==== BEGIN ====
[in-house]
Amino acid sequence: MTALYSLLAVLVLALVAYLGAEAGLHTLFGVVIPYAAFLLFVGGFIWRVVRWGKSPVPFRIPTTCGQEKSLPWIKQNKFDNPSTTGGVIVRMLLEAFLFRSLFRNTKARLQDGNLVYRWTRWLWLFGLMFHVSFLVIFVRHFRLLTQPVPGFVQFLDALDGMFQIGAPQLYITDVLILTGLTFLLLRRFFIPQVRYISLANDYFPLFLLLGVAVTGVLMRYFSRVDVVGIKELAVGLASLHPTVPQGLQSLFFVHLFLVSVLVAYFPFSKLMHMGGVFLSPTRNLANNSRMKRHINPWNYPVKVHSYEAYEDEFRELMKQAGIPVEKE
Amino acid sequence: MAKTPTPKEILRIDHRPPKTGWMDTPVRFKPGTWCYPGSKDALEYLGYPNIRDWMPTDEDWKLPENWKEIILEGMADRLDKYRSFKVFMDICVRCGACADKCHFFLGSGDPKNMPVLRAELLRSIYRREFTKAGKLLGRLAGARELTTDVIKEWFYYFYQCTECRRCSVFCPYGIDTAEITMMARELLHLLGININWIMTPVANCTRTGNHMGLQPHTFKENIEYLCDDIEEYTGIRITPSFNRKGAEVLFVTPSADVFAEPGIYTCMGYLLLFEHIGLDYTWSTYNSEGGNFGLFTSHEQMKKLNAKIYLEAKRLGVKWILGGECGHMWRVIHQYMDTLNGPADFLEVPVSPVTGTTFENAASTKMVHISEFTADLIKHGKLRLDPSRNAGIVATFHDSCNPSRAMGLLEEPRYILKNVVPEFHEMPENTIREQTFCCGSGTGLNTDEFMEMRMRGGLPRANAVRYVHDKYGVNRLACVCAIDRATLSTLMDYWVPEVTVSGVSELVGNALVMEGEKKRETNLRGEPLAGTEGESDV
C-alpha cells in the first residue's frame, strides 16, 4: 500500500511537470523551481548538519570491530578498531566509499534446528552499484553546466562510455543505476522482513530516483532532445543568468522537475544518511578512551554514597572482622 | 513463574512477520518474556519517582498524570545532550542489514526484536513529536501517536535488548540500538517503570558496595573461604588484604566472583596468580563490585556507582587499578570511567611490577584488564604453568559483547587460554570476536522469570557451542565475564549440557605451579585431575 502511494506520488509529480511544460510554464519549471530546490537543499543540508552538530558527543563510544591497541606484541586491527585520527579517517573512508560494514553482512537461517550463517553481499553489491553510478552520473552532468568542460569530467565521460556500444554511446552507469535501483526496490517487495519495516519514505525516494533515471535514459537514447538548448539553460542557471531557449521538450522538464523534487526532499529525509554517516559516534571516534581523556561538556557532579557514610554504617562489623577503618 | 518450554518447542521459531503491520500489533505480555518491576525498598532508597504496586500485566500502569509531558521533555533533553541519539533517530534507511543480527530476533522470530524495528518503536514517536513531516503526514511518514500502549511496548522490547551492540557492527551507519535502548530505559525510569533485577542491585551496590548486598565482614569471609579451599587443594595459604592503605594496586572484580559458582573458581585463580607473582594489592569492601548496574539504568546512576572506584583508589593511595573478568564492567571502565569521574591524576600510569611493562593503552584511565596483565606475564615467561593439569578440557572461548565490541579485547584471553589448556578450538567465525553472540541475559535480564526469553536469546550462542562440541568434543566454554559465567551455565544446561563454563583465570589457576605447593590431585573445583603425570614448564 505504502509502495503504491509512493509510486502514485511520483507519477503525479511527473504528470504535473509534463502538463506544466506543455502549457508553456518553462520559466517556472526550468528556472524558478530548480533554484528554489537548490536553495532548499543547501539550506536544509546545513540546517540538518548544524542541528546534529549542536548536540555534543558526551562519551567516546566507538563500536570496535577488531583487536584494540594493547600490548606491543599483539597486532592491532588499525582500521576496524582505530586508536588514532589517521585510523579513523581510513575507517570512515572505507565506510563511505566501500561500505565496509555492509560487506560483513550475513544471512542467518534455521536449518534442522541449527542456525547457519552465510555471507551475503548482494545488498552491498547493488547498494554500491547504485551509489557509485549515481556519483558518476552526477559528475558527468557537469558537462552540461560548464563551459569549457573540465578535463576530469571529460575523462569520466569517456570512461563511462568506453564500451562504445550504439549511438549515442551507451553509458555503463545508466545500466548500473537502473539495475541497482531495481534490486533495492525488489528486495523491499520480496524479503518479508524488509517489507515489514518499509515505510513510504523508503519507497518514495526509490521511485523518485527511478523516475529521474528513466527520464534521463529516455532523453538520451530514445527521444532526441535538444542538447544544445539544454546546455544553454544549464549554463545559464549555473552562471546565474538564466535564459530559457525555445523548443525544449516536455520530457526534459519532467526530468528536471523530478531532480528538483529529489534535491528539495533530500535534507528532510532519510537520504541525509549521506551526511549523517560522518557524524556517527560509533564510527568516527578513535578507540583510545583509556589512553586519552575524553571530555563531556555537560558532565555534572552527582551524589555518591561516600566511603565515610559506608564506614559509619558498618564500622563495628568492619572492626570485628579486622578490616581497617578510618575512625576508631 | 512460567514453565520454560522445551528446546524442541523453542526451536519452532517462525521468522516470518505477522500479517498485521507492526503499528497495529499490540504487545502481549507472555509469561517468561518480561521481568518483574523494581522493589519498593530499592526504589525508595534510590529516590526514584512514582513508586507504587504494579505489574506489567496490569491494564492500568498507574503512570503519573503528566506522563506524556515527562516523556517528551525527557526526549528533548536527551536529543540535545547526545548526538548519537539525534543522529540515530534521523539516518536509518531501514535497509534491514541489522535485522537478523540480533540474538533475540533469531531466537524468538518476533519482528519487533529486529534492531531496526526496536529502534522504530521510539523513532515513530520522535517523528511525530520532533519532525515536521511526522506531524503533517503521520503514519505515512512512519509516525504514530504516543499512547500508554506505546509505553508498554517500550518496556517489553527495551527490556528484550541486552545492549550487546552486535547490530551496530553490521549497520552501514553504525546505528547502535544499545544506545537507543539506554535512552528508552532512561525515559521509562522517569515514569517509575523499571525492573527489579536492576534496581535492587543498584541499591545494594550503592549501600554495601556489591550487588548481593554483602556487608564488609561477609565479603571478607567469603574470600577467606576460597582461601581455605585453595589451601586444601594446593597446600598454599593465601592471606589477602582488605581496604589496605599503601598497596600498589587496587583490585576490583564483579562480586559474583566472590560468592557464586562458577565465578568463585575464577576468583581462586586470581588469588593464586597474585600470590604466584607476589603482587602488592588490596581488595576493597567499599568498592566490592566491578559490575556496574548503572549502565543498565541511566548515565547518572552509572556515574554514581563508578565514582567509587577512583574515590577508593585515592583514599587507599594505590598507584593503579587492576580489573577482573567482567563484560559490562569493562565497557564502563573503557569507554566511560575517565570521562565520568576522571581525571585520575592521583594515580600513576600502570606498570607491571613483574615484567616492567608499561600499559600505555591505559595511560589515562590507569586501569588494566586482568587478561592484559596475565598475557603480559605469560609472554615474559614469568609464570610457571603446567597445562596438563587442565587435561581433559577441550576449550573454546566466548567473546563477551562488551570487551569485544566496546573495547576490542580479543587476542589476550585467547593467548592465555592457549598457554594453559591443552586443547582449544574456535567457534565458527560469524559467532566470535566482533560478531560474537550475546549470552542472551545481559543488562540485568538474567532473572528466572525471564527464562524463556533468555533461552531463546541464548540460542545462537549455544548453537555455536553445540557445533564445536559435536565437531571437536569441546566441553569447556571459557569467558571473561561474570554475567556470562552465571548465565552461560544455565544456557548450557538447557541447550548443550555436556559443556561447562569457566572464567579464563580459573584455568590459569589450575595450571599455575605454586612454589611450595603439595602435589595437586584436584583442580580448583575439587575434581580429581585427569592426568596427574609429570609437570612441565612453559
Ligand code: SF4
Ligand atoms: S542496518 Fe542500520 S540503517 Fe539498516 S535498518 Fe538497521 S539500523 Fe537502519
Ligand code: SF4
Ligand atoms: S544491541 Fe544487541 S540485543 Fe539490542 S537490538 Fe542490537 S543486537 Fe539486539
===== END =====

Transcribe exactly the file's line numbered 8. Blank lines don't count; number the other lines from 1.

Ligand atoms: S544491541 Fe544487541 S540485543 Fe539490542 S537490538 Fe542490537 S543486537 Fe539486539